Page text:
John Ford height - How tall is John Ford?

John Ford (John Martin Feeney (Pappy, Coach, Uncle Jack, The Admiral, The Liberal Democrat at Republic, Jack)) was born on 1 February, 1894 in Cape Elizabeth, ME, is an American film director. At 79 years old, John Ford height is 6 ft 0 in (183.0 cm).

Now We discover John Ford's Biography, Age, Physical Stats, Dating/Affairs, Family and career updates. Learn How rich is He in this year and how He spends money? Also learn how He earned most of net worth at the age of 79 years old?

Popular As John Martin Feeney (Pappy, Coach, Uncle Jack, The Admiral, The Liberal Democrat at Republic, Jack)
Occupation director,producer,actor
John Ford Age 79 years old
Zodiac Sign Aquarius
Born 1 February 1894
Birthday 1 February
Birthplace Cape Elizabeth, ME
Date of death August 31, 1973
Died Place Palm Desert, CA
Nationality ME

We recommend you to check the complete list of Famous People born on 1 February. He is a member of famous Director with the age 79 years old group.

John Ford Weight & Measurements

Physical Status
Weight Not Available
Body Measurements Not Available
Eye Color Not Available
Hair Color Not Available

Who Is John Ford's Wife?

His wife is Mary Ford (m. 1920–1973)

Parents Not Available
Wife Mary Ford (m. 1920–1973)
Sibling Not Available
Children Not Available

John Ford Net Worth

He net worth has been growing significantly in 2021-22. So, how much is John Ford worth at the age of 79 years old? John Ford’s income source is mostly from being a successful Director. He is from ME. We have estimated John Ford's net worth , money, salary, income, and assets.

Net Worth in 2022 $1 Million - $5 Million
Salary in 2022 Under Review
Net Worth in 2021 Pending
Salary in 2021 Under Review
House Not Available
Cars Not Available
Source of Income Director

John Ford Social Network

Wikipedia John Ford Wikipedia



Honored on a US postage stamp in May 2012 (along with Frank Capra, John Huston and Billy Wilder).


In December 2011 Clint Eastwood received the first John Ford Award from John Ford Ireland Film Symposium.


Profiled in "Through a Catholic Lens: Religious Perspectives of 19 Film Directors from Around the World", ed. by Peter Malone. Lanham, MD: Scarecrow Press, 2007.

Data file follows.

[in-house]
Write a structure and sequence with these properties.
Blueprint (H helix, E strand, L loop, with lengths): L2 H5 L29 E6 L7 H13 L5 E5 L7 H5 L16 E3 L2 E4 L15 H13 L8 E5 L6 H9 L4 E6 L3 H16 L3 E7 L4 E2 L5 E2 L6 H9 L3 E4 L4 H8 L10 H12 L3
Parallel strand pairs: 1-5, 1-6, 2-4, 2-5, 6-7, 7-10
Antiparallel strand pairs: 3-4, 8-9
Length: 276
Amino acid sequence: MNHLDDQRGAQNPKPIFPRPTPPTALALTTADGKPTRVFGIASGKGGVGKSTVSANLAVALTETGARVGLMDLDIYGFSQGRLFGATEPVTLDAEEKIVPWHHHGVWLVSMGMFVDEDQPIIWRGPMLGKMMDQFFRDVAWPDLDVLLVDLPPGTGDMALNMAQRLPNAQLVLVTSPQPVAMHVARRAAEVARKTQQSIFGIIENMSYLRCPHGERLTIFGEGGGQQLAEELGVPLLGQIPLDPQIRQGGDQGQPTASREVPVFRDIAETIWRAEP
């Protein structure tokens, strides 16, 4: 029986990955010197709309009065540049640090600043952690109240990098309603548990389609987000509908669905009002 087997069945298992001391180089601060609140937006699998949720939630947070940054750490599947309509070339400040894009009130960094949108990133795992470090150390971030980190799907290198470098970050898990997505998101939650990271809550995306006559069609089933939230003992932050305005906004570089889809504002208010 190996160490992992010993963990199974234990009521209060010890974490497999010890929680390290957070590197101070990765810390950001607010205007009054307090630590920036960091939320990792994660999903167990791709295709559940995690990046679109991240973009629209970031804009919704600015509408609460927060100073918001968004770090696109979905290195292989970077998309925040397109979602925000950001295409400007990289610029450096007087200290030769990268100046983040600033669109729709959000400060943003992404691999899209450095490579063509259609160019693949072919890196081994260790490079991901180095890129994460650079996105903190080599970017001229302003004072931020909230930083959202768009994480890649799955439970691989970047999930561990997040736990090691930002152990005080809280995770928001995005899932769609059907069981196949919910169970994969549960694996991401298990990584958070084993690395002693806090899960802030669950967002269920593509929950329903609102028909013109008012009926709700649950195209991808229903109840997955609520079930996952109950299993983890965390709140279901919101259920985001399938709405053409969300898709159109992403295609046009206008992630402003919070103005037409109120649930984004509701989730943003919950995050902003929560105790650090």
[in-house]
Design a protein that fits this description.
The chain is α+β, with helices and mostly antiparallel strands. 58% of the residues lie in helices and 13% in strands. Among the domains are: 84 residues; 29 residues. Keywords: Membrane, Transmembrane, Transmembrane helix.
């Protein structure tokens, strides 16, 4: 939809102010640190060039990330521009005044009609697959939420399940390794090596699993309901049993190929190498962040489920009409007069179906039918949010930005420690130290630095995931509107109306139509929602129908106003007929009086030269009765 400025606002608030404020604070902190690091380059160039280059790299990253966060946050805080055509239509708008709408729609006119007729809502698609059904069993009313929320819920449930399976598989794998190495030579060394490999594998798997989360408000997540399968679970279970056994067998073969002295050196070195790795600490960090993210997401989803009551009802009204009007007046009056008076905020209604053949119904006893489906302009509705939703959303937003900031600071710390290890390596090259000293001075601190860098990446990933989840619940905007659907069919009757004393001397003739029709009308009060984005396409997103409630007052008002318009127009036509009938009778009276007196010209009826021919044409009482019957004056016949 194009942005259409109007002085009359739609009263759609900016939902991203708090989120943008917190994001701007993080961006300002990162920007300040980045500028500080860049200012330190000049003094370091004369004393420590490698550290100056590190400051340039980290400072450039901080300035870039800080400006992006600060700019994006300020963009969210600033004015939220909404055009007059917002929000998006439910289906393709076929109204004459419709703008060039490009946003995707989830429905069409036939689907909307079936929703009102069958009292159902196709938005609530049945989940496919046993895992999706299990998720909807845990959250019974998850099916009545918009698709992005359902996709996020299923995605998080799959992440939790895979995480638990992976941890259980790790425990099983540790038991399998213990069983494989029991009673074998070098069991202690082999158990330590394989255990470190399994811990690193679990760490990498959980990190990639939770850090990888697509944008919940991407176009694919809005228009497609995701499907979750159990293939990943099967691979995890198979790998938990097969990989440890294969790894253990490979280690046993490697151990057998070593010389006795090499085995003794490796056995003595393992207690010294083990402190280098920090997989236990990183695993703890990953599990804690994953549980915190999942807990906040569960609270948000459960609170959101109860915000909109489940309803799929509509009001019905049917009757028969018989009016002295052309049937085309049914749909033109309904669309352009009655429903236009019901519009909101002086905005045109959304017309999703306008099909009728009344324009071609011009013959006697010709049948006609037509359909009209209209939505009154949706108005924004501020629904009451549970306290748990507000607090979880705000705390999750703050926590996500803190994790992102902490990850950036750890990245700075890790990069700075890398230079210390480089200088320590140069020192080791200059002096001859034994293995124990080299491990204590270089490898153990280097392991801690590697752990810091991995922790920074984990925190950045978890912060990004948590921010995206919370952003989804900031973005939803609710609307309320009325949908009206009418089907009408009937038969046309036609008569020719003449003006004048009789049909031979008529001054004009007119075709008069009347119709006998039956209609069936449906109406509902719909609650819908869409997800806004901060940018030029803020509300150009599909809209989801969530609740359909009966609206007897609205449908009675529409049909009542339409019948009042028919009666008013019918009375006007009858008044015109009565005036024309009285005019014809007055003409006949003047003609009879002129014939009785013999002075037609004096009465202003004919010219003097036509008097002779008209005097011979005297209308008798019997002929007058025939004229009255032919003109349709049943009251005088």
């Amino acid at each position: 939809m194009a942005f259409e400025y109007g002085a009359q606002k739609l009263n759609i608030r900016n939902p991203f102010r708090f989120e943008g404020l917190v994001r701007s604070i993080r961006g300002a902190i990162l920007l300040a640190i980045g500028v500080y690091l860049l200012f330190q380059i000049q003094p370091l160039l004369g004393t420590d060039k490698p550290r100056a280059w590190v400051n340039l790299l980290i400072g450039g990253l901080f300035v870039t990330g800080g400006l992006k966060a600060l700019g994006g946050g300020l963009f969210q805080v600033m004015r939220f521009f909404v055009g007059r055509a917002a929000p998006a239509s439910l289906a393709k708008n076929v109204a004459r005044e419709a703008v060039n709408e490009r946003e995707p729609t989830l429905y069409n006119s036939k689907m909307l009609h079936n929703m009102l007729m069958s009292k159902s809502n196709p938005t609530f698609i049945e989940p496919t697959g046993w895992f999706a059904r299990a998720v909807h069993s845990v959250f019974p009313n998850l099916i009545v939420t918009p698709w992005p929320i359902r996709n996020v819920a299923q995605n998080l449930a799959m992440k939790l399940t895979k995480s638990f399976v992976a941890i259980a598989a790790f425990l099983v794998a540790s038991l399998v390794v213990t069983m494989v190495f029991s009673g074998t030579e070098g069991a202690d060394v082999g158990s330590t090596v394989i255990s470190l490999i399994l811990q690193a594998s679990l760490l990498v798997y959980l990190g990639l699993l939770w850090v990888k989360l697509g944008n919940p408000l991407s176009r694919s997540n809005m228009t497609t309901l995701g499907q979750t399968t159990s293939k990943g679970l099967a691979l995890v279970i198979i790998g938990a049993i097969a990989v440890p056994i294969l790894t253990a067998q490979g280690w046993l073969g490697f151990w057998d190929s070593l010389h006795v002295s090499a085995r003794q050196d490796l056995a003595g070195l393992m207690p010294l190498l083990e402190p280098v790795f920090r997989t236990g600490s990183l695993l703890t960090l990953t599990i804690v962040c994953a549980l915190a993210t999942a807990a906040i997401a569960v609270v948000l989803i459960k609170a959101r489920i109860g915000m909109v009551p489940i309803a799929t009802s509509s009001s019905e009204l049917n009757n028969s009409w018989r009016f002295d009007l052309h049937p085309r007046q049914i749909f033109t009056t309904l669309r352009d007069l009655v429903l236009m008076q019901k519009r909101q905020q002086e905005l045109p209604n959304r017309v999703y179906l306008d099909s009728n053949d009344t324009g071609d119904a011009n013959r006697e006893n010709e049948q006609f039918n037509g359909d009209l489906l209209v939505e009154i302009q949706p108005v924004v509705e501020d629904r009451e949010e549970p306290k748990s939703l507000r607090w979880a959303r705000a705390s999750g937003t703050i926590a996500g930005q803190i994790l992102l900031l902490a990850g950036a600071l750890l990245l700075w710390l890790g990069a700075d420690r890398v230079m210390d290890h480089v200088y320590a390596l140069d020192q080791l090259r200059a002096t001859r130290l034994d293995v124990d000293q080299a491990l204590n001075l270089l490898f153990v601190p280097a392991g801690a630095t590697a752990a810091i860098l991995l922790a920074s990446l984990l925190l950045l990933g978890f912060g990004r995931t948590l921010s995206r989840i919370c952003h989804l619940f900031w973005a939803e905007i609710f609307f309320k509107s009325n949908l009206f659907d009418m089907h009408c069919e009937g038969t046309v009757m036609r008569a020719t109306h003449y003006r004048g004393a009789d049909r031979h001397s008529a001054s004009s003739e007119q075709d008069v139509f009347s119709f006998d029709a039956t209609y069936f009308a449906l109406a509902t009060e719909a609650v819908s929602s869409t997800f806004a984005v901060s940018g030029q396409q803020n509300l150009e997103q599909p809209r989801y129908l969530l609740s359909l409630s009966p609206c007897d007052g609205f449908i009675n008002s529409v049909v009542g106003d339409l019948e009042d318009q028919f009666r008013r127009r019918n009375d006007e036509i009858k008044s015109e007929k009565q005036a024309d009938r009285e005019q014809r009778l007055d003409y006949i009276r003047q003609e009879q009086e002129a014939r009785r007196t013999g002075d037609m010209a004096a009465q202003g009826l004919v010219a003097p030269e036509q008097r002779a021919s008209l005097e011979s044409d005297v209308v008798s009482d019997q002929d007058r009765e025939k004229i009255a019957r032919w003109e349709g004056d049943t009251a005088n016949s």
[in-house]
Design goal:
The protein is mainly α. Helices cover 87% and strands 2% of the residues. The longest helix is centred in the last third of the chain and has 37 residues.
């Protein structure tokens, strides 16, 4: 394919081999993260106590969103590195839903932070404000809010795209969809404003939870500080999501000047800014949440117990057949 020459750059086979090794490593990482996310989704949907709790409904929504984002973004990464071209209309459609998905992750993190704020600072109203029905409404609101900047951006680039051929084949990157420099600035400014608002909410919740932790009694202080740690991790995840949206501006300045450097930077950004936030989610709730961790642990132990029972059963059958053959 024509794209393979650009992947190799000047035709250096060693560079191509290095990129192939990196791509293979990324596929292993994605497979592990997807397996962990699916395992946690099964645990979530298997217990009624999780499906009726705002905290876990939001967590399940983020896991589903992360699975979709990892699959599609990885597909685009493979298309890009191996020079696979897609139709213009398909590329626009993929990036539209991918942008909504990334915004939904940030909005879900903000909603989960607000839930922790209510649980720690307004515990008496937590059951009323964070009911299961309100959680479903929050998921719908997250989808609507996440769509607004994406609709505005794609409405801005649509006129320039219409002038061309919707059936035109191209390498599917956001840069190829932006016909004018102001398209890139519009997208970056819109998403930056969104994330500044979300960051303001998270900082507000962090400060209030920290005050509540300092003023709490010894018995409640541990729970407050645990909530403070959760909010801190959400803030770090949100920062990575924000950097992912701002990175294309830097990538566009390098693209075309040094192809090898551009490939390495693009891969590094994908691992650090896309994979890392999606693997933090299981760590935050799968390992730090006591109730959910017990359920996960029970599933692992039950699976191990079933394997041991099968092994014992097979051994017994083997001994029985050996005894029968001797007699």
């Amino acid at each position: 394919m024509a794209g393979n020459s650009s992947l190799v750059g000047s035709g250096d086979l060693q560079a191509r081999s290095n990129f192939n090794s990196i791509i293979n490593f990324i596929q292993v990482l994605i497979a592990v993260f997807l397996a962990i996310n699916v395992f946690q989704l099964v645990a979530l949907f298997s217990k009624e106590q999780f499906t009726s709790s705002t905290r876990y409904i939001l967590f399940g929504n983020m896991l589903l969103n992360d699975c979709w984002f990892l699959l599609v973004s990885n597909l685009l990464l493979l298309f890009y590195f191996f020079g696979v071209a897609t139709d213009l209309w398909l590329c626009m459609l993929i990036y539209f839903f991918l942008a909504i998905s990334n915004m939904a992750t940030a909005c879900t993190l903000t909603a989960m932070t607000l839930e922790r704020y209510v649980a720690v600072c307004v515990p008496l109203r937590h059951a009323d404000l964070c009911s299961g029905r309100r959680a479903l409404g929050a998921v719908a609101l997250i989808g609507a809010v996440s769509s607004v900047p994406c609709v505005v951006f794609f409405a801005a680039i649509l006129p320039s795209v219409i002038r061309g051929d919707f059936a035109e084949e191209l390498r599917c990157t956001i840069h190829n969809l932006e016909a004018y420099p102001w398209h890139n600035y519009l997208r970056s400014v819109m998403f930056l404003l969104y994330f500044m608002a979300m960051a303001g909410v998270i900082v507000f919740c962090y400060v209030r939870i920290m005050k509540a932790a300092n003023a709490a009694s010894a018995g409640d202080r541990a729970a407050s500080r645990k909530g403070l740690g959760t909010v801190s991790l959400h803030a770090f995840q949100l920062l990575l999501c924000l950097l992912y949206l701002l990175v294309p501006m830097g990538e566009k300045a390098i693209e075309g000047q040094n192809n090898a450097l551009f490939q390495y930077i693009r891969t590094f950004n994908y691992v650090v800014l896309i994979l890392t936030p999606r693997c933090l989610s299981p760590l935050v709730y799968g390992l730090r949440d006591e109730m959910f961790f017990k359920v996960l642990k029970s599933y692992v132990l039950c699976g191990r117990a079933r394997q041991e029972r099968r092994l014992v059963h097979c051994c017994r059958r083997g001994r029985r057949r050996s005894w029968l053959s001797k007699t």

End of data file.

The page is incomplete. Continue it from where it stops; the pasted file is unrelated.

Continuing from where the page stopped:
Was a character in "Short Letter, Long Farewell", a 1974 novel by the innovative Austrian writer and filmmaker Peter Handke.


In 1973 he was the first recipient of the American Film Institute Life Achievement Award.


John Wayne usually called him by the nickname "Coach" or "Pappy" in private, but several times publicly, including during Wayne's acceptance speech for the 1970 Oscar for Best Actor, Wayne called him "Admiral John Ford", in reference to his rank at retirement from the US Naval Reserves.


The character John Dodge in Ford's movie The Wings of Eagles (1957) is a spoof of Ford.


Prior to making The Searchers (1956), Ford entered the hospital for the removal of cataracts. While recuperating after the surgery, he became impatient with the bandages covering his eyes and tore them off earlier than his doctors told him to. The result of that rash action was that Ford suffered a total loss of sight in one eye, which is how he came to wear his famous eyepatch.


He was an infamously prickly personality, having constantly mocked John Wayne as a "big idiot" and having punched an unsuspecting Henry Fonda during the shooting of Mister Roberts (1955).


Among Ford's favorite of his films are The Sun Shines Bright (1953), Young Mr. Lincoln (1939) and Wagon Master (1950).


Ford was disgusted by John Wayne's refusal to enlist in 1941. When Ford filmed They Were Expendable (1945) after World War II he included every actor's former military rank and branch (Ford himself was a Navy officer and combat photographer). Of course, there were no credentials behind Wayne's name, which the actor took as a real slap.


His apparently madcap affair with Katharine Hepburn, when both were married, inspired his friend Dudley Nichols to write the script for Bringing Up Baby (1938). When (after Hepburn broke off her relationship with Ford) she began her lifelong affair with Spencer Tracy, Ford was allegedly incensed and, after the two had had a fruitful collaboration early on in their careers, he neither spoke with or worked with Tracy for about 20 years.


Has won more directing Oscars than any other director: four, for The Informer (1935), The Grapes of Wrath (1940), How Green Was My Valley (1941), and The Quiet Man (1952). He also won an Oscar for Best Documentary, Short Subject for The Battle of Midway (1942) and an Oscar for Best Documentary for December 7th (1943).


Enlisted in the US Naval Reserves in 1934, commissioned as a lieutenant commander. He served on reserve and active status until 1951, retiring as a Captain with the honorary rank of Rear Admiral. While on active duty during World War II he worked with the Office of Strategic Services, predecessor to the CIA. While he produced a number of documentaries and training films for the OSS, perhaps one of his more notable achievements was a one-hour compilation of films which had been produced by order of Gen. (and future President) Dwight D. Eisenhower, showing liberated concentration camps. The film, Nazi Concentration Camps (1945), was entered as evidence at the Nuremberg War Crime Trials.


When his western Hell Bent (1918) for Universal was released, "Motion Picture News" praised Ford's direction, writing, "Few directors put such sustained punch in their pictures as does this Mr. Ford." It was the ninth in a series of films featuring Harry Carey as "Cheyenne Harry", who was more of a saddle tramp than a conventional western hero.


Biography in: John Wakeman, editor. "World Film Directors, Volume One, 1890- 1945". Pages 360-369. New York: The H.W. Wilson Company, 1987.


Was awarded a Star on the Hollywood Walk of Fame at 1640 Vine St. on 2/8/60.